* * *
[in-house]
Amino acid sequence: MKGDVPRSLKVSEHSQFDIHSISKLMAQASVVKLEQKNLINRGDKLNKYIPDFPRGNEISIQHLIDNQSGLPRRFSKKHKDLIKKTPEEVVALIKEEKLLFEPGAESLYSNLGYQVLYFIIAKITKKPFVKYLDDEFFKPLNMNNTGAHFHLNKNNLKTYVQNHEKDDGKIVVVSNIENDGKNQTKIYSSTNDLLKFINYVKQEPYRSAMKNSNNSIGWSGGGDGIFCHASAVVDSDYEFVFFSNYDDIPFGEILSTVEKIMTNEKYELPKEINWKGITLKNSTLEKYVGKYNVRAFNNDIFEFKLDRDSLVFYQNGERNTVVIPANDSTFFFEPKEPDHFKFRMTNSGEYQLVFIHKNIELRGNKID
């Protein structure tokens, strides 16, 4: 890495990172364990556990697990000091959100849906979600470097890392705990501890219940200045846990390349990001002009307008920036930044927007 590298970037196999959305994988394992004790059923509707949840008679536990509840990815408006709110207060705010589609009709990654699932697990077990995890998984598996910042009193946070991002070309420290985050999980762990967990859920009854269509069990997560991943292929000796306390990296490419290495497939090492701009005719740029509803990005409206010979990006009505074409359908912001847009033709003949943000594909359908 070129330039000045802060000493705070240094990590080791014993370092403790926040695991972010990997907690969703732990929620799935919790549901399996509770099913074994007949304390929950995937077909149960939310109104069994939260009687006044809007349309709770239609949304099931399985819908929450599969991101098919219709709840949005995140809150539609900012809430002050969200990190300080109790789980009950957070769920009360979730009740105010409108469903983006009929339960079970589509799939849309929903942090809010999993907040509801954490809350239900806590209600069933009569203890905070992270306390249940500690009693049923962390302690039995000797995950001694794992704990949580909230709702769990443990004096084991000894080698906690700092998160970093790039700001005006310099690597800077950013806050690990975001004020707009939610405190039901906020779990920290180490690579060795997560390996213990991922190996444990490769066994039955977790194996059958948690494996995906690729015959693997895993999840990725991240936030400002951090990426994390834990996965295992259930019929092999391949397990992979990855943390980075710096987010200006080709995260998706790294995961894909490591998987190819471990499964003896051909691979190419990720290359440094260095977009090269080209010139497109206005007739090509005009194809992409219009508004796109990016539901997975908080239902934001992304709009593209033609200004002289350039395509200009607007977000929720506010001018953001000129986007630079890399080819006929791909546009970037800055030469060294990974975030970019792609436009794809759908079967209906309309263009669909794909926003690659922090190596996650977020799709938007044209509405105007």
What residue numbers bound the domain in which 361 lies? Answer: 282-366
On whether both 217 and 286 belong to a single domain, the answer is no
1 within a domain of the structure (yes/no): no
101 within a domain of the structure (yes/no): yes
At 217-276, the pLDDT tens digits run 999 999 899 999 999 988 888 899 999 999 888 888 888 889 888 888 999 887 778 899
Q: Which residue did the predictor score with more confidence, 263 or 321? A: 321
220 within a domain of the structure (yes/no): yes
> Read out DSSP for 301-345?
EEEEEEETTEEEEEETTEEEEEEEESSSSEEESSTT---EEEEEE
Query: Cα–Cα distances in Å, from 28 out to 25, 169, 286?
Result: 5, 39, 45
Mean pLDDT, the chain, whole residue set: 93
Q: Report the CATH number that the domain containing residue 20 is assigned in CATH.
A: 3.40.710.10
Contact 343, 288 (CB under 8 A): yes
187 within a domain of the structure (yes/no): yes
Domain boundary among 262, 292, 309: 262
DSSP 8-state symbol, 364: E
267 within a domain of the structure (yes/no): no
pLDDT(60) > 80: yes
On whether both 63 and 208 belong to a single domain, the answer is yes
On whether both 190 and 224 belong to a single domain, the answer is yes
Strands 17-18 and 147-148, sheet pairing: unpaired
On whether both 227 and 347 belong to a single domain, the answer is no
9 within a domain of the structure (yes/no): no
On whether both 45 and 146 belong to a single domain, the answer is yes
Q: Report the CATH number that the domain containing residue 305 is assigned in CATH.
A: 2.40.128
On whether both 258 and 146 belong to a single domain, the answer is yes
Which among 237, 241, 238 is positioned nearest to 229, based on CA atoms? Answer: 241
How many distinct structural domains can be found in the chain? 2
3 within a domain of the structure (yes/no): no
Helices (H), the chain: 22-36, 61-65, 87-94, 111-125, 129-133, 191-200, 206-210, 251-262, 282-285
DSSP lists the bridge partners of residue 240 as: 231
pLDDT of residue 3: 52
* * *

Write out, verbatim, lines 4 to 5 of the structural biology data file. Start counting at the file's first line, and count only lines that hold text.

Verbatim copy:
What residue numbers bound the domain in which 361 lies? Answer: 282-366
On whether both 217 and 286 belong to a single domain, the answer is no